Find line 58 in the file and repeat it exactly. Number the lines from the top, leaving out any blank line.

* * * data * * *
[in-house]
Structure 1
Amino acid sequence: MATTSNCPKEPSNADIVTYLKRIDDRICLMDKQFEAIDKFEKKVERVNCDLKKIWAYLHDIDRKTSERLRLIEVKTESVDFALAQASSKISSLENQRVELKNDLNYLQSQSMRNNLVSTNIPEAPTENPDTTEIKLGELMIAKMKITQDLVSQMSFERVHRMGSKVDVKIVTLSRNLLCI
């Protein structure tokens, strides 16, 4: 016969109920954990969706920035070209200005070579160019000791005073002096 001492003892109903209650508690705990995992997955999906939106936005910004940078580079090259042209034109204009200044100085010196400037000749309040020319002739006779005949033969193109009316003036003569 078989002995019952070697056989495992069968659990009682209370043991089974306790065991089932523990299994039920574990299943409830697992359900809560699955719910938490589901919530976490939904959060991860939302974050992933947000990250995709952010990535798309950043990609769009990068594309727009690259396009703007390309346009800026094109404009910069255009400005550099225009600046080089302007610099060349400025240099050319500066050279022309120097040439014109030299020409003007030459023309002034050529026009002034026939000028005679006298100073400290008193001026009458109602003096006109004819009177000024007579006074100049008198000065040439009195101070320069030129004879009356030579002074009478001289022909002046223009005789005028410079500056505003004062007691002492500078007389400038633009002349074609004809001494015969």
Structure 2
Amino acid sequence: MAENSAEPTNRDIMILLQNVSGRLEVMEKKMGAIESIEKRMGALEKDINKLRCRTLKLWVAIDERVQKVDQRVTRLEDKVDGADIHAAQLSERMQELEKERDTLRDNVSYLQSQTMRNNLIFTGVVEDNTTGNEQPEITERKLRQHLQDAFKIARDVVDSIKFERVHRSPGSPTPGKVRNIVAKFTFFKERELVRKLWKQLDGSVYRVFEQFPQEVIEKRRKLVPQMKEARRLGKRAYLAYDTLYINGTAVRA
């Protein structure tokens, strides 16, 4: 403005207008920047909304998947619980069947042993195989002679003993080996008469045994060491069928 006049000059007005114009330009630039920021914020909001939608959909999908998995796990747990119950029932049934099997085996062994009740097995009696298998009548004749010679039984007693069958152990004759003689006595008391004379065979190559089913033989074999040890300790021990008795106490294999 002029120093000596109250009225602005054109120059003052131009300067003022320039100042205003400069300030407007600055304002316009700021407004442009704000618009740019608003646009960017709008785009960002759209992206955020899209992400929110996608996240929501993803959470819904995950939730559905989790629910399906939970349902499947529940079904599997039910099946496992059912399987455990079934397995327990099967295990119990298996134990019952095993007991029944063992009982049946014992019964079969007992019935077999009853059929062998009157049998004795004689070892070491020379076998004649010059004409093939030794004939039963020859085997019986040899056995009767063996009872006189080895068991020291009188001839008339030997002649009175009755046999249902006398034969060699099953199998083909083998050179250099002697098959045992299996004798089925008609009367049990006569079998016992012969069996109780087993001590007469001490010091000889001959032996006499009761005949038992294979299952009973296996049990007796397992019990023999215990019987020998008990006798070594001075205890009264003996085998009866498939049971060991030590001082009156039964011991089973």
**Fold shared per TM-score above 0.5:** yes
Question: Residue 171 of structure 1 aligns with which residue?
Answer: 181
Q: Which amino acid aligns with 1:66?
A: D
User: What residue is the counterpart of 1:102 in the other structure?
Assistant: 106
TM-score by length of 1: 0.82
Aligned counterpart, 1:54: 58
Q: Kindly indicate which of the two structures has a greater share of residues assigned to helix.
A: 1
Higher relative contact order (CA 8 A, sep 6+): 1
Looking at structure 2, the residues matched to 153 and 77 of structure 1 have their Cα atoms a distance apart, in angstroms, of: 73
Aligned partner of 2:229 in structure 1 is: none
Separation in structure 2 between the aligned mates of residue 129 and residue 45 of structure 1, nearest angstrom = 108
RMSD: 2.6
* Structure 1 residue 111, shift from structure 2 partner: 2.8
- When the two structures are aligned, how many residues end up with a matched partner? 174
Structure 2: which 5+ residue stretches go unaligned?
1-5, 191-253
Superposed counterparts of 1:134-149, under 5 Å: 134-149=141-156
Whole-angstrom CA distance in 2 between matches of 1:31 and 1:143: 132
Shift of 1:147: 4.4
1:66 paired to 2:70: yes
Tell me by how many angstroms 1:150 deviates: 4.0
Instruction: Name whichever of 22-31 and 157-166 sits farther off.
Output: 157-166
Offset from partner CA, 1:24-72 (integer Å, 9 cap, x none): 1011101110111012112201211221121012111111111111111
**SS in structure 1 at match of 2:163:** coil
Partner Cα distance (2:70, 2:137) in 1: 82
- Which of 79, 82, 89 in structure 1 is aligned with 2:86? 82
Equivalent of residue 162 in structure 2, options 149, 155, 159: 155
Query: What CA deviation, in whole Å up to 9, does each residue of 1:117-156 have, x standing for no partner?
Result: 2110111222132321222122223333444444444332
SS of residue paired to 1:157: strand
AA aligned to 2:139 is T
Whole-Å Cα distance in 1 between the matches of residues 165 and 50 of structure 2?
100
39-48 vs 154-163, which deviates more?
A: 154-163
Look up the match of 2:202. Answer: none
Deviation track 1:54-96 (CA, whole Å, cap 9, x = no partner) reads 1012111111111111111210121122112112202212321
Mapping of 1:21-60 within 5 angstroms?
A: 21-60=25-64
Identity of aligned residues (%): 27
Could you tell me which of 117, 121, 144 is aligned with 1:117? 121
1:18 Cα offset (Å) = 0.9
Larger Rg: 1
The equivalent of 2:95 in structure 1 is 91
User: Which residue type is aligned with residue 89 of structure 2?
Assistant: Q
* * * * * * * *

Assistant: Q